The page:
A year since the start of the global pandemic and as vaccine roll-out gathers pace in Asia-Pacific, Save the Children calls for millions of teaching staff to be among the first in line to be inoculated once frontline health workers and vulnerable populations are vaccinated.
The report Under the same sky: How a year of COVID-19 affected Asia-Pacific children notes that school closures have disrupted the lives of hundreds of millions of children and put many at risk of lifelong harm. Ensuring teachers and school staff can be vaccinated is a vital step to help reduce the currently unprecedented level of disruption to children's learning and wellbeing due to school closures.
Save the Children’s analysis shows that in South Asia, children went through around 110 days without any education. In East Asia and the Pacific, children lost an average of 47 days. In Central Asia, children lost out on an average of 45 days.[i] In Indonesia and Bangladesh, children lost more than 39 weeks of study in schools.[ii]
“I’m worried about losing a whole academic year due to COVID-19,” Amir*, a 15-year old boy from Nepal, told Save the Children.
“We live in rural areas and we don’t have access to distance learning,” said Joana*, a 12-year old girl from the Philippines.
One of the report’s authors, Save the Children’s Asia Regional Advocacy and Campaigns Director Shaheen Chughtai, said:
“The pandemic has disrupted children’s education, their social development, and their access to key services like school meals and child protection. Online classes could not replace all of this and even those classes were out of reach for millions of children from poorer families.
“Such challenges, alongside economic hardship, mean that many children will drop out of school permanently – especially girls from deprived communities, who face increased risks of sexual exploitation and child marriage.
"It is critical that teachers are prioritised for the vaccine once frontline health workers and vulnerable people are inoculated. This will help keep teachers safe at school and reduce the risk of long-term damage to children’s learning and wellbeing.”
The report finds:
- Millions of adolescent girls face an especially high risk of dropping out of school in South Asia owing to longstanding social and economic challenges.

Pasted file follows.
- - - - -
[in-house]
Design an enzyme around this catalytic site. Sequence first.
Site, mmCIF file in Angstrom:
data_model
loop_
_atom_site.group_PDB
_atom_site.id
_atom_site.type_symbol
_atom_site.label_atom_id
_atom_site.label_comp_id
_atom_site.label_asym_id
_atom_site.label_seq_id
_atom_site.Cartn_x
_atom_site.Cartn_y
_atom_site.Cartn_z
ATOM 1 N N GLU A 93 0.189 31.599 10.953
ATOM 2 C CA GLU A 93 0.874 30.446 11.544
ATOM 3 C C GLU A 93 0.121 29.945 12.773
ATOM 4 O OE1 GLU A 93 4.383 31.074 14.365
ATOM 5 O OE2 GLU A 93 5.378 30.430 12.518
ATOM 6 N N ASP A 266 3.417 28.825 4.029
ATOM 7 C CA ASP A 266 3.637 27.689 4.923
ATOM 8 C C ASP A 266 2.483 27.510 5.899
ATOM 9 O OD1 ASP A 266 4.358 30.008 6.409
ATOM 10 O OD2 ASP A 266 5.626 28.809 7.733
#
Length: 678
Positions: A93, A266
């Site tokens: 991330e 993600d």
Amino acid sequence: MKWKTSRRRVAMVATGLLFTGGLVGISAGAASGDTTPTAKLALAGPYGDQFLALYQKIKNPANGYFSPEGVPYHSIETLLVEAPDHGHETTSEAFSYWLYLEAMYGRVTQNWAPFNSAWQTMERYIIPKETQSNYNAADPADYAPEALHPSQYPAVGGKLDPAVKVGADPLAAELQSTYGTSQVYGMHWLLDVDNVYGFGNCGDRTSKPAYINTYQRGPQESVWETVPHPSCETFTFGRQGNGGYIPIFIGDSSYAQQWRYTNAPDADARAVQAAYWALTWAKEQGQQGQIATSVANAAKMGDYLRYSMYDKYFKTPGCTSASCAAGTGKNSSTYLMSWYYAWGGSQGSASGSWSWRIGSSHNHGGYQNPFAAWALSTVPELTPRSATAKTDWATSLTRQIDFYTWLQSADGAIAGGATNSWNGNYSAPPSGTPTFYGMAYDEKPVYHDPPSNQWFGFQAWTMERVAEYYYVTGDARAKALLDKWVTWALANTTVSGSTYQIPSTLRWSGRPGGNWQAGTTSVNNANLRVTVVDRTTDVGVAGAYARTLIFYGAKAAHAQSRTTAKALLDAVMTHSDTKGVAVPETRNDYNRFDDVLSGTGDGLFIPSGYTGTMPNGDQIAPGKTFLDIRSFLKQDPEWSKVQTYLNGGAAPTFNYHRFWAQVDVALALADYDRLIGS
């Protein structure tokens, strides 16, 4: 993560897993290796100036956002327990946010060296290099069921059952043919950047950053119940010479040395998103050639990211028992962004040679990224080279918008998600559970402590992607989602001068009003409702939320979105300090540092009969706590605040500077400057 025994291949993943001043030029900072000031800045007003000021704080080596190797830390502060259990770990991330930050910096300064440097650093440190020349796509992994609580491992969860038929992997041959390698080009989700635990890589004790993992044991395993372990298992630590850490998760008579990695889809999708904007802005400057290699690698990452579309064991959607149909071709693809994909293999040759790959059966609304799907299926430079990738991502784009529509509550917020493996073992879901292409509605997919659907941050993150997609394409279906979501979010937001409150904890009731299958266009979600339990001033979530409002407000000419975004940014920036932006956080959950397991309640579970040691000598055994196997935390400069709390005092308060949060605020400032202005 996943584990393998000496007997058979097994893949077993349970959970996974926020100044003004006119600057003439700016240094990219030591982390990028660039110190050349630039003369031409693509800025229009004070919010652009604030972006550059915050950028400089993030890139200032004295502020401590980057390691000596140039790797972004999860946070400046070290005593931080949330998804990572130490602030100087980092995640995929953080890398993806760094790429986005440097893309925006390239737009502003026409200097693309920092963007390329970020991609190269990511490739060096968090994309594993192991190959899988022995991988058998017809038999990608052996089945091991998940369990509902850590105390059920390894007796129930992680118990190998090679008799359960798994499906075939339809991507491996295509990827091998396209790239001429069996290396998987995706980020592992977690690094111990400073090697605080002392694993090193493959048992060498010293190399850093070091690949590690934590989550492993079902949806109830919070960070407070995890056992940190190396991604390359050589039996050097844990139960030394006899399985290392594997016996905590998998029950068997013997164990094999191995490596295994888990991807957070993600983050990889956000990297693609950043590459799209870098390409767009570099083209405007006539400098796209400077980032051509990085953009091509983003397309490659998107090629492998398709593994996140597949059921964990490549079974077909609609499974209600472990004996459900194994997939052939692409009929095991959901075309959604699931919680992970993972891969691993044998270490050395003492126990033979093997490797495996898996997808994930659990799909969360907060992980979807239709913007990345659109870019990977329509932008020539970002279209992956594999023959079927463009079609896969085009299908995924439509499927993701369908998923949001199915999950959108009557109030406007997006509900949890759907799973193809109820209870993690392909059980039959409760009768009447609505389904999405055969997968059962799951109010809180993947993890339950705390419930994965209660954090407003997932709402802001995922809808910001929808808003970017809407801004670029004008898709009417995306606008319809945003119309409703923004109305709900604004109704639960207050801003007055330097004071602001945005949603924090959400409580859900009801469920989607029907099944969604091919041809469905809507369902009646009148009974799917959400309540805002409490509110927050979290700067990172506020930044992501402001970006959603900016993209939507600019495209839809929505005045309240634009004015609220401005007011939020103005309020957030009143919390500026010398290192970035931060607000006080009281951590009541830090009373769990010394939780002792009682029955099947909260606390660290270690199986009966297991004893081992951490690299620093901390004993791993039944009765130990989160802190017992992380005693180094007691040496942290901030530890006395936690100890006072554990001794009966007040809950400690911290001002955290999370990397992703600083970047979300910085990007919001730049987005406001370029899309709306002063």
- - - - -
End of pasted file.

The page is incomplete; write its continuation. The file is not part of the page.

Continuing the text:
- An additional 1.2m girls in Asia-Pacific are at risk of child marriage over the next five years, and another 256,000 risk teenage pregnancy this year. [iii]
- Gender-based violence has increased and is expected to worsen partly because when schools close, adolescent girls face higher risks of sexual exploitation and abuse. [iv]
- Children are also facing increased online violence and sexual exploitation, as children spend more time online during school closures.[v]
The report calls on governments to:
- prioritise vaccinating teachers once frontline health workers and vulnerable people have received their vaccines;
- re-open schools and support all children to return when it is safe to do so;
- expand social protection measures such as cash benefits and school meals to help poor and marginalised families keep their children in school;
- strengthen child protection services, especially for girls.
Save the Children also calls on international financial institutions and donors to increase development aid and expand debt relief for the most financially constrained countries.
For interviews, call Jess Brennan on 0421 334 918
*Names of children have been changed to protect their identities.
Notes to editor:
[iii] Save the Children’s Global Childhood Report 2020
[iv] International Federation of Human Rights
[v] COVID-19 Conversations: The Crisis of Online Child Sexual Exploitation